From political movements to technological advances to representations of race, capitalism influences everything. Explore its power.
The Global Capitalism Integrative Pathway will cultivate critical thinking on the topic of capitalism as a social, economic, and cultural form. Students will explore the historical origins and dynamics, social structures, lived experiences of, challenges to, and power of capitalism in a broad range of global and local contexts and across multiple media. The Pathway provides opportunities for students to explore the ways in which capitalism influences cultural representations and contestations, political institutions and movements, social inclusions and exclusions, technological and scientific advancements, and the dynamics of production, commerce and exchange. Themes include the environment, sustainability, the production and consumption of knowledge, dispossession, ecology, gender, identity, imperialism, labor, migration, representation, race, and social movements.
While students will construct their own animating questions, some possible examples might be:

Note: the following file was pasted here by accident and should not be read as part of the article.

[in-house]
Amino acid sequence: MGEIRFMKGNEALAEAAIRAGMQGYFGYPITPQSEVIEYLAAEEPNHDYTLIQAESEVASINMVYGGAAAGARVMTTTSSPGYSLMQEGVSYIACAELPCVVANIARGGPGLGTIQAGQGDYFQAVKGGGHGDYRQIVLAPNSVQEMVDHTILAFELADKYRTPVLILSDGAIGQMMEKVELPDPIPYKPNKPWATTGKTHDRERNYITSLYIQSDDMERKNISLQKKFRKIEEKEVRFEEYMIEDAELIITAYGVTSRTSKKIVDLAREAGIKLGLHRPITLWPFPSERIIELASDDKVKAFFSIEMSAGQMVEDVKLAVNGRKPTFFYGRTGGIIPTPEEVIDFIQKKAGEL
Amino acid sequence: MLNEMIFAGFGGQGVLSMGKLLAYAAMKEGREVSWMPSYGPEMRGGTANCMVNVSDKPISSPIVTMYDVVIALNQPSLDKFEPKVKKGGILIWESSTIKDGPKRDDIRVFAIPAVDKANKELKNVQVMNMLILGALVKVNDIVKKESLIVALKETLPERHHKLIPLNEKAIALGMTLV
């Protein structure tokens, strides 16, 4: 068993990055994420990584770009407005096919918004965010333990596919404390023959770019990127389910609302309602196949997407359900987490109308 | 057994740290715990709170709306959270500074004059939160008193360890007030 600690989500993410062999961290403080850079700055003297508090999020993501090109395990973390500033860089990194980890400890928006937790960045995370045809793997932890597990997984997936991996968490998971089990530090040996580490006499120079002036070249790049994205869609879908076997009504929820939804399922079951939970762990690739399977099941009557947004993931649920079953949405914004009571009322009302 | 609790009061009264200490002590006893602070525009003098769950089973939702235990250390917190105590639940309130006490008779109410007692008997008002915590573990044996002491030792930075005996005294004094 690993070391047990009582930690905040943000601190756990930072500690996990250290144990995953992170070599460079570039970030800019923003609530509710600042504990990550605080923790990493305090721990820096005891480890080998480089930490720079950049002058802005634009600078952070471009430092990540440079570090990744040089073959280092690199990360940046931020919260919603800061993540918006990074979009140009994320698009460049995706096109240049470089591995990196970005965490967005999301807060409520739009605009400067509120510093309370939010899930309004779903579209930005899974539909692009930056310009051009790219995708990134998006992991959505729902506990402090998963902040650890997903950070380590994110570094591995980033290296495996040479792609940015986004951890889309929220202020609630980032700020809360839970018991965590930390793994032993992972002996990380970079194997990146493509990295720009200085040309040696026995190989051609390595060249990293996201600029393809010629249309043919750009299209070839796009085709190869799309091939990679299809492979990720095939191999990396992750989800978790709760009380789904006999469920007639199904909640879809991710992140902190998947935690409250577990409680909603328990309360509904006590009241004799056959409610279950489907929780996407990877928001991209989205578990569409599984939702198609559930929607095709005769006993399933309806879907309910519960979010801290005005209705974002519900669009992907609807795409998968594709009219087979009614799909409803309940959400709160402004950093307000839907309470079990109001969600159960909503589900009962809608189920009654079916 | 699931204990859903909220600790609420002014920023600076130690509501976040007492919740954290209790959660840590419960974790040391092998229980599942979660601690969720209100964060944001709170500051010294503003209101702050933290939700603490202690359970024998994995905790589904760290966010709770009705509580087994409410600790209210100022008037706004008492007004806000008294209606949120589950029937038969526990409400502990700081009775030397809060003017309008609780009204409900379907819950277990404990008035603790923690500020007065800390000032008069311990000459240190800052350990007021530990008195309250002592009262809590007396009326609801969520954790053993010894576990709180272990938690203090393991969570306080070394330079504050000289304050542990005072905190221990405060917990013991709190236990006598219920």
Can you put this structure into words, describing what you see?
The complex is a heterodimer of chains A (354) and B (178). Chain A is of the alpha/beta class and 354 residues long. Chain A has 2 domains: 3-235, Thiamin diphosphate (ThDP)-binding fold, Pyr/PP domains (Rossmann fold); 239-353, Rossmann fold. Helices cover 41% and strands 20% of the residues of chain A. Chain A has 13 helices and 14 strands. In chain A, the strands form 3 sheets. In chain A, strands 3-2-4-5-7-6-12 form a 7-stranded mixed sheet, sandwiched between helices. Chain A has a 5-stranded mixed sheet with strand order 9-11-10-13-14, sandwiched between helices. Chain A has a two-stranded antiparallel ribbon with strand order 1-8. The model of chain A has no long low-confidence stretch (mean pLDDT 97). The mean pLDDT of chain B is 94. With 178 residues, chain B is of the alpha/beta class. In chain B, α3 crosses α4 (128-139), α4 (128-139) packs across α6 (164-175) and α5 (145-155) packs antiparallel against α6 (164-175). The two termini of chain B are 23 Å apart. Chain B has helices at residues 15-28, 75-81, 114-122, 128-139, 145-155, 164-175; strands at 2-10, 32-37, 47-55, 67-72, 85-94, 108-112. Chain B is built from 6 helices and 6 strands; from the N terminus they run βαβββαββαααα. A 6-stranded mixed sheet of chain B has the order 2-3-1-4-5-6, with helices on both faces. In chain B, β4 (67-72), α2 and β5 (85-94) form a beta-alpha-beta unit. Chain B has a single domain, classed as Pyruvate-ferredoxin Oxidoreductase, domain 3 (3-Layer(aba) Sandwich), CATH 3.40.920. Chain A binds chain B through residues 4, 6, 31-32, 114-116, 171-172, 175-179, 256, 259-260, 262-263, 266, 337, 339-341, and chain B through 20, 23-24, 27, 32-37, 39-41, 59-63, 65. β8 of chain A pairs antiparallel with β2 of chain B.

- Is it possible to escape the colonial gaze in museums honoring the history of indigenous peoples?
- How does global capitalism promote or discourage democratic representation in the United States?
- How has capitalism impacted colonized peoples' public health and access to care?
- Does capitalism foster social mobility as advertised in the “American Dream?"
- Is it possible to eliminate the class inequalities generated by capitalism?
- How can government policy exacerbate or mitigate the negative effects of global capitalism?
- Is a truly sustainable food system possible under a global neoliberal economy?
- How has literary production derived from a global capitalist culture represented black women?
- How do capitalist institutions perpetuate the “culture of poverty”?
The Thematic Inquiry course will be offered each spring as a single four-credit course taught by the Pathway coordinator and core faculty of the Pathway on a rotating basis. The first half of the course will introduce students to global capitalism as a historical and theoretical field of study as well as an arena of contestation and engagement. Topics include theories of capitalism, imperialism, colonialism, communism, forms of resistance, neo-liberalism, globalization, urbanization, reparations, restorative justice, and the future of capitalism. In the second half of the course, students will develop an animating question, map itinerary courses, create a global-local engagement plan, and fashion some preliminary ideas for a capstone project.